That's a good question. You always have to change what you're doing a little to make it fit into the constraints of actually printing something. That's really a big part of the fun and challenge of making anything on this scale, though. The 3D pieces might have looked different if we weren't worried about sharp angles ripping the mold apart. The map could maybe be even more colorful if we weren't limited to using 6 colors for cost reasons. When things are printed small, you can only manage so much detail. All those constraints helped me figure our creative solutions that in the end looked really sharp, I think...

===============
To read the full interview with tons more amazing art please head to More Games Please
 
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Ross
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Anthony Coffey & Jesse Labbe: Art in Board Games #34

2018, INTERVIEW

Editors Note: This week I'm talking to not one, but two artists from indie publisher Certifiable Studios. Their names are Anthony Coffey and Jesse Labbe and after spotting their amazing work on the Kickstarter game 'Who Goes There?' I got in touch to find out more.

Hi Anthony/Jesse, thanks for joining me! For our readers who aren't aware of your work could you tell us a bit about yourself and what you do?

Anthony: Hey Ross, I'm an 2D/3D artist and game designer. I moved here (Ridgeland, Mississippi), from Dallas, when I was brought on to Certifiable Studios. I work on anything from game mechanics, illustrations, and 3D modeling; to animation, rules, or graphic design layout. The team is small, so we all tend to wear a lot of hats around here. It sounds redundant, but free time is usually spent doing more drawing or working on concepts for future projects.

Jesse: Well I would wear as many hats as Anthony does but I have a funny shaped head, so I am pretty particular about what I put on it. It's mainly because of that I don't do any 3D molding or animation (again only because of my misshaped head not because I don't know how). But I do, however, do a lot of illustrations as well as game mechanics.

You work together at an indie publisher Certifiable Studios, so before we get to the games can you tell us more about how the studio was set up, what your goals are and how the team got together?

Anthony: I'll defer to Jesse since this one is more for him. haha

Jesse: Well at first, I wanted to make a hat company, but then Rick (also at Certifiable) reminded me about my deformed head...so I thought what else can we do? GAMES! Let's make some games! Actually, I have been into tabletop games since I could remember. Fireball Island was a pin in my childhood timeline. Soon after that, Hero Quest began to open my eyes to all the possibilities that you could create with a game; the worlds that could be designed and all the adventures to be had exploring them. With such a love for illustrations, games just felt like the natural next step.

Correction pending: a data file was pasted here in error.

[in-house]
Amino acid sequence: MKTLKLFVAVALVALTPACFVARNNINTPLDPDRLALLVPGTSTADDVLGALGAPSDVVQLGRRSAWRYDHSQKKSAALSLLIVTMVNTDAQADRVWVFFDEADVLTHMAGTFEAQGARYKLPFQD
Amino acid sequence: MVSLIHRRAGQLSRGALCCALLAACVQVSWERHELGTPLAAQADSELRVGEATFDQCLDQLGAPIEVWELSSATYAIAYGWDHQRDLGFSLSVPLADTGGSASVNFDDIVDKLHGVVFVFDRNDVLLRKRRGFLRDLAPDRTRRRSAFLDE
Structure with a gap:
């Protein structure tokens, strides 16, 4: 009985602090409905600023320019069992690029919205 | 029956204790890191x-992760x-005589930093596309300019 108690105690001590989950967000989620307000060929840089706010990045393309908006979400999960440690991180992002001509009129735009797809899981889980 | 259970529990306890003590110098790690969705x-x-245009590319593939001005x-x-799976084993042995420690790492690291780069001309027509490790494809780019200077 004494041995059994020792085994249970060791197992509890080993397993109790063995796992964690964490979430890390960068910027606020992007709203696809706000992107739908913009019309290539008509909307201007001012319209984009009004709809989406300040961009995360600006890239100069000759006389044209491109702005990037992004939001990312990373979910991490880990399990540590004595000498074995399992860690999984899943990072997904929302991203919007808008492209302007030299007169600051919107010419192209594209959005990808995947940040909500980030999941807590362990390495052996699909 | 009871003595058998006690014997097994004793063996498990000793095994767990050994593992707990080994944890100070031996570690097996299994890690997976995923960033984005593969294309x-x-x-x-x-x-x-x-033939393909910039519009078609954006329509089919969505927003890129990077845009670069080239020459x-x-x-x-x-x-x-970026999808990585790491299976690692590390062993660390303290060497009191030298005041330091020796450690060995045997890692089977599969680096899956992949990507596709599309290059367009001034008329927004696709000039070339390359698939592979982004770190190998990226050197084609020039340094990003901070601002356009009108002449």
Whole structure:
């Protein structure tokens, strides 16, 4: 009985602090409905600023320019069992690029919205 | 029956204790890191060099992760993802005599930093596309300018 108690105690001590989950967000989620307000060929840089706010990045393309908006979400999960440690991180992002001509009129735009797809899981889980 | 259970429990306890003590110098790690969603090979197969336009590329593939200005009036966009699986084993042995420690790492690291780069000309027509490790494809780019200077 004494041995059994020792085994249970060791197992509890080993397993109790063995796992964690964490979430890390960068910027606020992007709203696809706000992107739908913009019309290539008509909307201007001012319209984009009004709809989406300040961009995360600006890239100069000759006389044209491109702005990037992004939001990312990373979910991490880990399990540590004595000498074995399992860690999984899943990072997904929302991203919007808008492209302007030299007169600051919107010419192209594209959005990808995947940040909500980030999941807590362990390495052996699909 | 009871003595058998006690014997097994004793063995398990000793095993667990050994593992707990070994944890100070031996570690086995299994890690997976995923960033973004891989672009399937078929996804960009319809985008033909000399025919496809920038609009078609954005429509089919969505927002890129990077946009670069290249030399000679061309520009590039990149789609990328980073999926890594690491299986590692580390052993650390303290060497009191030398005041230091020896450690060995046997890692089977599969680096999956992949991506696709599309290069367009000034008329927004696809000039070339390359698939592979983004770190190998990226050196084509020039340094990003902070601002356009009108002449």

I worked on a couple of games under the roof of other companies and learned a lot of Do's and Don'ts. I had an idea for a game called "Ash to Bone", but wasn't ready to hand it over to someone else. I partnered up with Rick More (the brains of the studio) and Tah-Dah...Certifiable was born. We wanted to start small before going into "Ash to Bone" because it was a larger project, so we came up with "Endangered Orphans". That was received on Kickstarter better than I would have ever imagined. Next came "Who Goes There?" followed by "Stuffed". Now we are finally back to where we started....about to start production on "Ash to Bone".

The studios first release Endangered Orphans of Condyle Cove was successfully Kickstarted back in 2016. What can you remember about that project and what lessons did you take away from it moving forwards?

Jesse: Wow, where to begin? If there was a checklist of all the things not to do, we would have checked "yes" to each thing on the list. We seemed to do everything wrong for that (our first) Kickstarter. We had nothing about the game on BGG (Board Game Geek). We did a cold launch having never mentioned anything about the game to anyone. We didn't have even one video showing a play through. We didn't have the rules posted. We had no stretch goals prepared and we were constantly telling everyone that this is an awful (as in mean theme) game! But, we were really lucky and had some amazing backers come aboard during that campaign. It was because of them we were able to do what we did with the success of that game. We had so much fun during that campaign. We even received a ton of gifts from the backers, which I have since learned was unusual. Dozens of bags of coffee, t-shirts, toys, whiskey, letters, hats, cookies, flowers, stuffed animals and a lot of pants (it's a long story). Wow, gotta love our backers!

Anthony: During this Kickstarter project, I was helping from Dallas. Jesse asked if I could sculpt the pawns for a game they had on Kickstarter which is how my part in "Endangered Orphans" started. By the time I came to work at the studio full time, "Endangered Orphans" was already in the final stages and being sent to the factory for production and I helped set up print files for the production assets for the game. I had learned a lot about the process from the short amount of time I was working with Panda (our production facility we used on EO). I have also had a small amount of experience working with factories in China from a previous job, so that helped me hit the ground running when I started here.

Who Goes There? was a massive success on Kickstarter last year, were you surprised and why do you think it did so well?

Anthony: I think we were all surprised with how well the campaign did. We all had high hopes, but I don't think any of them were that high. I think part of the success of Who Goes There? is definitely owed to the success of Endangered Orphans as well as the dedicated backers it brought. We also try to be very responsive and transparent when dealing with our backers and I think the level of communication and honesty adds to that. With Who Goes There? we knew where we wanted the game to end up in terms of quality, so we set our stretch goals accordingly. There are always things that come up during a campaign, but for the most part we tried to have the campaign and unlocks planned.

Jesse: I would have been ecstatic if we would have just done as well as we did for Orphans, but when we started shooting past it, I was definitely on cloud nine!
I think we were prepared for the stretch goals this time. We didn't want to just start throwing too many random things at the end of the campaign because we were hitting goals. We had the game the way we believed it should be, so once we hit all of the Stretch goals...

======================================================

For the full interview plus more art please go to: More Games Please